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Suzanne's Career: The Criterion Collection

Eric Rohmer's Six Moral Tales: The Criterion Collection

Bertrand (Philippe Beuzen) is best friends with his college buddy Guillaume (Christian Charriere) and something of his wingman. Guillaume gets all the ladies, with his most recent being the working class Suzanne (Catherine See), and he uses Bertrand to help get her to spend the night with him. They date for a while, but Guillaume grows bored and begins exploiting Suzanne by making her pay for everything. Bertrand has been pursuing Sophie (Dianne Wilkinson), but he can't seem to get a handle on her. After Guillaume and Suzanne break up, there's some time where it seems that she wouldn't mind going out with Bertrand, but he never works up the courage to do anything about it. The second entry in Eric Rohmer's "Six Moral Tales," 1963's La Carriere de Suzanne ("Suzanne's Career") is easily the most minor of the series and runs a brief 55 minutes, but it is not without its pleasures. Here the main character is not so much caught between two women as he is an observer of another relationship. Rohmer's great gift is presenting his character's ideas of what they think is going on, while the reality of their situations presents a text that doesn't necessarily correspond to the protagonist's thoughts on the matter. As such, though Bertrand denies its presences, there's an underlining sexual current to his relationship with Suzanne, and she seems more able to express her interest than he does. Her relationship with Guillaume was obviously abusive, and she masochistically took it, but as the coda shows, there was much less game-playing going on than the main character realized. The greatness of Rohmer's Moral Tales is how he shows his male protagonists in their most naked and self-involved states. And though this episode doesn't offer the same sort of penetrating dissection of the male Id, it does work as a showcase into the mind of a passive male who thinks about things to the point of paralysis. The Criterion Collection presents the black-and-white Suzanne's Career in full frame (1.33:1 OAR) with the French audio on a DD 1.0 track and optional English subtitles. Also included is Rohmer's short film "Nadja in Paris" (9 min.). Folding digipak. Available exclusively in Criterion's "Eric Rohmer's Six Moral Tales" box-set.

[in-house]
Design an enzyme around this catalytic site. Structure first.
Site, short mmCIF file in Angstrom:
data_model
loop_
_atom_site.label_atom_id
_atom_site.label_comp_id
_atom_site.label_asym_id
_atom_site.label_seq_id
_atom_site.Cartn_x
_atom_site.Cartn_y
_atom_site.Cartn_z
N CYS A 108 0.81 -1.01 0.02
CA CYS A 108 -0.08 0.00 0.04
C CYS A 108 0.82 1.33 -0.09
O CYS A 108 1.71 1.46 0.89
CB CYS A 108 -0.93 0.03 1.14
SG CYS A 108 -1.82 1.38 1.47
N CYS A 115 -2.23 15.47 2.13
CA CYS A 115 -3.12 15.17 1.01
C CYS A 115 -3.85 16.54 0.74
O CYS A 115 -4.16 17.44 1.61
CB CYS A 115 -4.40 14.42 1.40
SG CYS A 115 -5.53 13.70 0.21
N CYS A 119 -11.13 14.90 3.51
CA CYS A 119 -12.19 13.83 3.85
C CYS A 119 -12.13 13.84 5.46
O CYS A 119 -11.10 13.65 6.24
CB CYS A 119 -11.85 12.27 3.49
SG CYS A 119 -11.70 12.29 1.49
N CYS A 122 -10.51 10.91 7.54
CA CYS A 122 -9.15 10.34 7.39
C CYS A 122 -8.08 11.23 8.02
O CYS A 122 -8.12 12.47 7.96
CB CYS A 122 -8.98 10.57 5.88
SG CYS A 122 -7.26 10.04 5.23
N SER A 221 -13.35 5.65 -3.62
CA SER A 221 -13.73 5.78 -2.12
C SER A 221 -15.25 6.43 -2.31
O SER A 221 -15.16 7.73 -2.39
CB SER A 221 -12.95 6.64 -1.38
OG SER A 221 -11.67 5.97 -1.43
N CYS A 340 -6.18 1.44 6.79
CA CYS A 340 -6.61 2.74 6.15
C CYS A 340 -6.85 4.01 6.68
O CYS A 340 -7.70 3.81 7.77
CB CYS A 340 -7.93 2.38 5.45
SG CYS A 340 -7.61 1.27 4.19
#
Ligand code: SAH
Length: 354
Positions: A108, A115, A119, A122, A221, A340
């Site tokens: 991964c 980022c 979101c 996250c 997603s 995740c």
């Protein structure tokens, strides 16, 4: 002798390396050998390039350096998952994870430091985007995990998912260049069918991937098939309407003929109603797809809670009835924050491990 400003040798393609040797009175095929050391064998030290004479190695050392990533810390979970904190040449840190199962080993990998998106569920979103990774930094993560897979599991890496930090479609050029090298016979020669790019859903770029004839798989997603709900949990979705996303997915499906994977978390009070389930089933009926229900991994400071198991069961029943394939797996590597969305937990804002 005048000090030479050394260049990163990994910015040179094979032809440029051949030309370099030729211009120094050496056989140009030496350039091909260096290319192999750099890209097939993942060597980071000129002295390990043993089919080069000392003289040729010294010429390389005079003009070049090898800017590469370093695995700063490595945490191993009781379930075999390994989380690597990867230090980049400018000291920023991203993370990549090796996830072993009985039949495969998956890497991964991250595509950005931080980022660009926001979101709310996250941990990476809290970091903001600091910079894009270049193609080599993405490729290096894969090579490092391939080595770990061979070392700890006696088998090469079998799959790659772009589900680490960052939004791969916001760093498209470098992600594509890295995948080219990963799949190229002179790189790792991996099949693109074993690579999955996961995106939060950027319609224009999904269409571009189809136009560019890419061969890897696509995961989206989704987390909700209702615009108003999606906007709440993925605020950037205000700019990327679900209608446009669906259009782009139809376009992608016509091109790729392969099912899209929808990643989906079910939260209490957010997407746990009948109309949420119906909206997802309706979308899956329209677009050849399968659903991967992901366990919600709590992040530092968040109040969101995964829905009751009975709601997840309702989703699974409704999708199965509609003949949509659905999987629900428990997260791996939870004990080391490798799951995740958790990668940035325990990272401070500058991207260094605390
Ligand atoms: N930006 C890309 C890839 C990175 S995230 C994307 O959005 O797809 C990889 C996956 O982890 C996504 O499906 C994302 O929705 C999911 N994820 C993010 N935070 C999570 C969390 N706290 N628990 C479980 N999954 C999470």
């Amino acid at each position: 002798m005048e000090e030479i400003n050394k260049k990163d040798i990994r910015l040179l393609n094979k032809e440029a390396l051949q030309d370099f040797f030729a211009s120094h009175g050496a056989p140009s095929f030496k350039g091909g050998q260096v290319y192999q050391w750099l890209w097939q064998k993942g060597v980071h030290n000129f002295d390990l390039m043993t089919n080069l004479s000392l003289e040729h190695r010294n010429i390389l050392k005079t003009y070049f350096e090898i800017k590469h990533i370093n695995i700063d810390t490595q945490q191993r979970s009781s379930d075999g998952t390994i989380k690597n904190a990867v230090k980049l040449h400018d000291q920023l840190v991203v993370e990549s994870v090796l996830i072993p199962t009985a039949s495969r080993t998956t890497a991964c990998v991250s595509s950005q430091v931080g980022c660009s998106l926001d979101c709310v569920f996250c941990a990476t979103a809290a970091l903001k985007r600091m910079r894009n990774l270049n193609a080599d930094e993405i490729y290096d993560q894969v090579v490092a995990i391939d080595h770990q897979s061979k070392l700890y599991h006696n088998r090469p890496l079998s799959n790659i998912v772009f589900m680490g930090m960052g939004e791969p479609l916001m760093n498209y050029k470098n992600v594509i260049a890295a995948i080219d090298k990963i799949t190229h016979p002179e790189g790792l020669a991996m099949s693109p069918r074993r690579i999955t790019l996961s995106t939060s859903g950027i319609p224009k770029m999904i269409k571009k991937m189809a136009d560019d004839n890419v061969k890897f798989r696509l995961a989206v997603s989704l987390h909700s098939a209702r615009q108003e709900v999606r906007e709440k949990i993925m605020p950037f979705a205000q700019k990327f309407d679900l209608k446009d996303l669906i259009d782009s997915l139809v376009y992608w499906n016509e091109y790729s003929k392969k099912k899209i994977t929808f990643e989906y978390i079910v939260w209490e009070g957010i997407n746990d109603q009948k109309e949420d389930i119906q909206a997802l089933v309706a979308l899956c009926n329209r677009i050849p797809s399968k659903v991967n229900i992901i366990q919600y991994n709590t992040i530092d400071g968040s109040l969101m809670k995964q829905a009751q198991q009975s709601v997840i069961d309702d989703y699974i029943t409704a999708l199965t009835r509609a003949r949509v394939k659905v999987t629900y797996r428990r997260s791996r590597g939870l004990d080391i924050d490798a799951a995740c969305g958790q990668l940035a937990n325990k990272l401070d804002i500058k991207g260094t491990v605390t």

—DSH



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